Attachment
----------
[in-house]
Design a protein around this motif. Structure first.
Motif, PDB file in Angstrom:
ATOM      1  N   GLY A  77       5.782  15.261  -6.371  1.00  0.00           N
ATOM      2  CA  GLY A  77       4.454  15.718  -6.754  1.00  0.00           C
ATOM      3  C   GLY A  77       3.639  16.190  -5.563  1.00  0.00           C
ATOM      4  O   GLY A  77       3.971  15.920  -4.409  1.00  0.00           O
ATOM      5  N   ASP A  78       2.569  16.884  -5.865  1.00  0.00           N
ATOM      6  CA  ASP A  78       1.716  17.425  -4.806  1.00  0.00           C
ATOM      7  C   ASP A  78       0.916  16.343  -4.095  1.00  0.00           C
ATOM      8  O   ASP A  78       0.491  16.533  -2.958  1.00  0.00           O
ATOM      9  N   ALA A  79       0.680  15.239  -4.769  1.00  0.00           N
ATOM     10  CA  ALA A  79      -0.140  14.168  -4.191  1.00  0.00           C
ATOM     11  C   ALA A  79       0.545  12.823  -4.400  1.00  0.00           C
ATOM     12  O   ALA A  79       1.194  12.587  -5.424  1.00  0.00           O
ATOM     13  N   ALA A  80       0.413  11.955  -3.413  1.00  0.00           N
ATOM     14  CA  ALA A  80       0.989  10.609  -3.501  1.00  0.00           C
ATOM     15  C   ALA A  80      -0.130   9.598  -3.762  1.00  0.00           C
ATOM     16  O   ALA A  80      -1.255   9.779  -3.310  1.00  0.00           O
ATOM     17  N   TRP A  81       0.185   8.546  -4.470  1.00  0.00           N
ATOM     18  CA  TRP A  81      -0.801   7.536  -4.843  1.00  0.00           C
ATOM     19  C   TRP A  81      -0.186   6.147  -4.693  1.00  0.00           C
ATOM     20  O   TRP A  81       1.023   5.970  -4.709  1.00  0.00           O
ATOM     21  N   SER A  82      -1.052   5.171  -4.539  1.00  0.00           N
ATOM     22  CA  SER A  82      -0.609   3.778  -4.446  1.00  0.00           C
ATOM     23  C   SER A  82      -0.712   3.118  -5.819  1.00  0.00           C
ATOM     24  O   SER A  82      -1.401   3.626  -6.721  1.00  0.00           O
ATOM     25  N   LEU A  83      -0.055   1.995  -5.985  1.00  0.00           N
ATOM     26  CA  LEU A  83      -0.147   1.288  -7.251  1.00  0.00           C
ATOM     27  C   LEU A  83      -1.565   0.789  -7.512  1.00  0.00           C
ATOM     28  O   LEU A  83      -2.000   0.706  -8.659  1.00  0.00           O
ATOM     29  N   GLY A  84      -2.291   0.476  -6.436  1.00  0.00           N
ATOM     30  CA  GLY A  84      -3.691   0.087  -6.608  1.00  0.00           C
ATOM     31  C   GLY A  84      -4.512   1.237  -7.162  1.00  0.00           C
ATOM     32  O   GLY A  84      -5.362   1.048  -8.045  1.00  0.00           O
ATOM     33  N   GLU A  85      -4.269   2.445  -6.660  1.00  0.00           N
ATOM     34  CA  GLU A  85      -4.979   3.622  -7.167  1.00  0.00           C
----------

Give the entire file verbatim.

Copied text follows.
[in-house]
Design a protein around this motif. Structure first.
Motif, PDB file in Angstrom:
ATOM      1  N   GLY A  77       5.782  15.261  -6.371  1.00  0.00           N
ATOM      2  CA  GLY A  77       4.454  15.718  -6.754  1.00  0.00           C
ATOM      3  C   GLY A  77       3.639  16.190  -5.563  1.00  0.00           C
ATOM      4  O   GLY A  77       3.971  15.920  -4.409  1.00  0.00           O
ATOM      5  N   ASP A  78       2.569  16.884  -5.865  1.00  0.00           N
ATOM      6  CA  ASP A  78       1.716  17.425  -4.806  1.00  0.00           C
ATOM      7  C   ASP A  78       0.916  16.343  -4.095  1.00  0.00           C
ATOM      8  O   ASP A  78       0.491  16.533  -2.958  1.00  0.00           O
ATOM      9  N   ALA A  79       0.680  15.239  -4.769  1.00  0.00           N
ATOM     10  CA  ALA A  79      -0.140  14.168  -4.191  1.00  0.00           C
ATOM     11  C   ALA A  79       0.545  12.823  -4.400  1.00  0.00           C
ATOM     12  O   ALA A  79       1.194  12.587  -5.424  1.00  0.00           O
ATOM     13  N   ALA A  80       0.413  11.955  -3.413  1.00  0.00           N
ATOM     14  CA  ALA A  80       0.989  10.609  -3.501  1.00  0.00           C
ATOM     15  C   ALA A  80      -0.130   9.598  -3.762  1.00  0.00           C
ATOM     16  O   ALA A  80      -1.255   9.779  -3.310  1.00  0.00           O
ATOM     17  N   TRP A  81       0.185   8.546  -4.470  1.00  0.00           N
ATOM     18  CA  TRP A  81      -0.801   7.536  -4.843  1.00  0.00           C
ATOM     19  C   TRP A  81      -0.186   6.147  -4.693  1.00  0.00           C
ATOM     20  O   TRP A  81       1.023   5.970  -4.709  1.00  0.00           O
ATOM     21  N   SER A  82      -1.052   5.171  -4.539  1.00  0.00           N
ATOM     22  CA  SER A  82      -0.609   3.778  -4.446  1.00  0.00           C
ATOM     23  C   SER A  82      -0.712   3.118  -5.819  1.00  0.00           C
ATOM     24  O   SER A  82      -1.401   3.626  -6.721  1.00  0.00           O
ATOM     25  N   LEU A  83      -0.055   1.995  -5.985  1.00  0.00           N
ATOM     26  CA  LEU A  83      -0.147   1.288  -7.251  1.00  0.00           C
ATOM     27  C   LEU A  83      -1.565   0.789  -7.512  1.00  0.00           C
ATOM     28  O   LEU A  83      -2.000   0.706  -8.659  1.00  0.00           O
ATOM     29  N   GLY A  84      -2.291   0.476  -6.436  1.00  0.00           N
ATOM     30  CA  GLY A  84      -3.691   0.087  -6.608  1.00  0.00           C
ATOM     31  C   GLY A  84      -4.512   1.237  -7.162  1.00  0.00           C
ATOM     32  O   GLY A  84      -5.362   1.048  -8.045  1.00  0.00           O
ATOM     33  N   GLU A  85      -4.269   2.445  -6.660  1.00  0.00           N
ATOM     34  CA  GLU A  85      -4.979   3.622  -7.167  1.00  0.00           C